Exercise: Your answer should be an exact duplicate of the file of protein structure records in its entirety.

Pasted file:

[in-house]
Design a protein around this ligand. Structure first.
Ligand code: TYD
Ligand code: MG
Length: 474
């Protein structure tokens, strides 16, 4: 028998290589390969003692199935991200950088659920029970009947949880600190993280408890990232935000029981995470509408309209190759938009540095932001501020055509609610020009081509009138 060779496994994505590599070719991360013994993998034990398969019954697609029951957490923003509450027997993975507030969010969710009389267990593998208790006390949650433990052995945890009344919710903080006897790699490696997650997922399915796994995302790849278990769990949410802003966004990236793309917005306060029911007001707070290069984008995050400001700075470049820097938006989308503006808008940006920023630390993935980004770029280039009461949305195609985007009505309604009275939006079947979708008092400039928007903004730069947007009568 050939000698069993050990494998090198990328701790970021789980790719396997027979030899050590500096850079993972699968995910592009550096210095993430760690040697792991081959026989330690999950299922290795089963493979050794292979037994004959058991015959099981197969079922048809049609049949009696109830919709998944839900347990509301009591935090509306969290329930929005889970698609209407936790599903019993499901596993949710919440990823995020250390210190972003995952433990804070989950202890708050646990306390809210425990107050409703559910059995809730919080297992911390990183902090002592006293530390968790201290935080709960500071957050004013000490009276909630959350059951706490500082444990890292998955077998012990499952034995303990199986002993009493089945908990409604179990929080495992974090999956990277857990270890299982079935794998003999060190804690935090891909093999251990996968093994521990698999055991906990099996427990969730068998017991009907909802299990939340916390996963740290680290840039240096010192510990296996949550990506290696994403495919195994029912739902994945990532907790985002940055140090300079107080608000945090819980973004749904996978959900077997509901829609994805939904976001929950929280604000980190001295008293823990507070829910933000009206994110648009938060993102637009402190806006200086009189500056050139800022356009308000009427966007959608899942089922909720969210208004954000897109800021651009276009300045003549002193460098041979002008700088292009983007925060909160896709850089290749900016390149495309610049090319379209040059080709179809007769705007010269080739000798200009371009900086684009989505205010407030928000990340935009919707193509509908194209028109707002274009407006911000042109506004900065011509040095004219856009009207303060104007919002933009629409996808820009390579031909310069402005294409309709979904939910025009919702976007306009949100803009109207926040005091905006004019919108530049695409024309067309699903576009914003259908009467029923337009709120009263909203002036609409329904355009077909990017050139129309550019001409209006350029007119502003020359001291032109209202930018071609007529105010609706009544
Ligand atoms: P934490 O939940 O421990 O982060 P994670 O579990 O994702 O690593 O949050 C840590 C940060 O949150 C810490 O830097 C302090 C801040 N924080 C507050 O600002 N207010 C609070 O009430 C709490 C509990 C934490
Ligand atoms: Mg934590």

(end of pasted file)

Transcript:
[in-house]
Design a protein around this ligand. Structure first.
Ligand code: TYD
Ligand code: MG
Length: 474
């Protein structure tokens, strides 16, 4: 028998290589390969003692199935991200950088659920029970009947949880600190993280408890990232935000029981995470509408309209190759938009540095932001501020055509609610020009081509009138 060779496994994505590599070719991360013994993998034990398969019954697609029951957490923003509450027997993975507030969010969710009389267990593998208790006390949650433990052995945890009344919710903080006897790699490696997650997922399915796994995302790849278990769990949410802003966004990236793309917005306060029911007001707070290069984008995050400001700075470049820097938006989308503006808008940006920023630390993935980004770029280039009461949305195609985007009505309604009275939006079947979708008092400039928007903004730069947007009568 050939000698069993050990494998090198990328701790970021789980790719396997027979030899050590500096850079993972699968995910592009550096210095993430760690040697792991081959026989330690999950299922290795089963493979050794292979037994004959058991015959099981197969079922048809049609049949009696109830919709998944839900347990509301009591935090509306969290329930929005889970698609209407936790599903019993499901596993949710919440990823995020250390210190972003995952433990804070989950202890708050646990306390809210425990107050409703559910059995809730919080297992911390990183902090002592006293530390968790201290935080709960500071957050004013000490009276909630959350059951706490500082444990890292998955077998012990499952034995303990199986002993009493089945908990409604179990929080495992974090999956990277857990270890299982079935794998003999060190804690935090891909093999251990996968093994521990698999055991906990099996427990969730068998017991009907909802299990939340916390996963740290680290840039240096010192510990296996949550990506290696994403495919195994029912739902994945990532907790985002940055140090300079107080608000945090819980973004749904996978959900077997509901829609994805939904976001929950929280604000980190001295008293823990507070829910933000009206994110648009938060993102637009402190806006200086009189500056050139800022356009308000009427966007959608899942089922909720969210208004954000897109800021651009276009300045003549002193460098041979002008700088292009983007925060909160896709850089290749900016390149495309610049090319379209040059080709179809007769705007010269080739000798200009371009900086684009989505205010407030928000990340935009919707193509509908194209028109707002274009407006911000042109506004900065011509040095004219856009009207303060104007919002933009629409996808820009390579031909310069402005294409309709979904939910025009919702976007306009949100803009109207926040005091905006004019919108530049695409024309067309699903576009914003259908009467029923337009709120009263909203002036609409329904355009077909990017050139129309550019001409209006350029007119502003020359001291032109209202930018071609007529105010609706009544
Ligand atoms: P934490 O939940 O421990 O982060 P994670 O579990 O994702 O690593 O949050 C840590 C940060 O949150 C810490 O830097 C302090 C801040 N924080 C507050 O600002 N207010 C609070 O009430 C709490 C509990 C934490
Ligand atoms: Mg934590």